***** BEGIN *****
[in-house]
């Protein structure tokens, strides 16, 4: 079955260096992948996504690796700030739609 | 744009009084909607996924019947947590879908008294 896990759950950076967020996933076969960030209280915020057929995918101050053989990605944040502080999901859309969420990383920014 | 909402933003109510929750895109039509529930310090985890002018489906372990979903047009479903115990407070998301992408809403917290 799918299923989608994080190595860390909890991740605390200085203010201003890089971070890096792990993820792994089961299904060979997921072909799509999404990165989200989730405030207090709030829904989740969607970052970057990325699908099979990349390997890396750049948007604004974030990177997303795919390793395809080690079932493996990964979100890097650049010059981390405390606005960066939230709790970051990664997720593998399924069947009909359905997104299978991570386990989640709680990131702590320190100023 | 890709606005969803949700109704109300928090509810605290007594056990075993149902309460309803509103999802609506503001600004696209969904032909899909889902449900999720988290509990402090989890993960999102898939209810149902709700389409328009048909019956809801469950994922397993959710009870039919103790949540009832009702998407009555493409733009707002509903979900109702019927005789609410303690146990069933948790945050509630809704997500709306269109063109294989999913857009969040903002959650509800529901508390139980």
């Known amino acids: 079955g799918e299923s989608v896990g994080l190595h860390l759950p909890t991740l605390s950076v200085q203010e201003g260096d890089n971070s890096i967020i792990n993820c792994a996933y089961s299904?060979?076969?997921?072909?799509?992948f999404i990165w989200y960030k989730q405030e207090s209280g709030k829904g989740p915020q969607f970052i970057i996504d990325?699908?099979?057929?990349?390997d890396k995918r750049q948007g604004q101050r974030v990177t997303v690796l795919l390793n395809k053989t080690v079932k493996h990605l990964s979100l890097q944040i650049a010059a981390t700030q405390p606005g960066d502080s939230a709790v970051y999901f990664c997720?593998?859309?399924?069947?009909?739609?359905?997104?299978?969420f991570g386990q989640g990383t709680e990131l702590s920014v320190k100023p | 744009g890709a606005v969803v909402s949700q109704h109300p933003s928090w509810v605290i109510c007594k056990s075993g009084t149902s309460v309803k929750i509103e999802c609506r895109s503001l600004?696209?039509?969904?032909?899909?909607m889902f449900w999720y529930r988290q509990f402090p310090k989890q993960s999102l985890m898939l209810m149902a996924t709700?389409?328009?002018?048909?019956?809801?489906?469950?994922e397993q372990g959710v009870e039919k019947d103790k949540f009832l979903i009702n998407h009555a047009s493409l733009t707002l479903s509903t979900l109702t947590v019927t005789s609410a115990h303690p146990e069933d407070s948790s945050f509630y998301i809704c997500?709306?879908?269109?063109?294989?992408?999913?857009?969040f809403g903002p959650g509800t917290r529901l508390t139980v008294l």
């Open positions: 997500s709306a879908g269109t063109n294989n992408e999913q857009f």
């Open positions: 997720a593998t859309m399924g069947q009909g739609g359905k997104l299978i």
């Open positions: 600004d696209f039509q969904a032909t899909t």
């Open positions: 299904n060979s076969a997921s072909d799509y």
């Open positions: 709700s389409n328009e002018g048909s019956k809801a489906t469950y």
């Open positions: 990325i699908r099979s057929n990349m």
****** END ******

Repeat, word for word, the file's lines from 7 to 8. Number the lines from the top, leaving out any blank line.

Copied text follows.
């Open positions: 299904n060979s076969a997921s072909d799509y």
């Open positions: 709700s389409n328009e002018g048909s019956k809801a489906t469950y």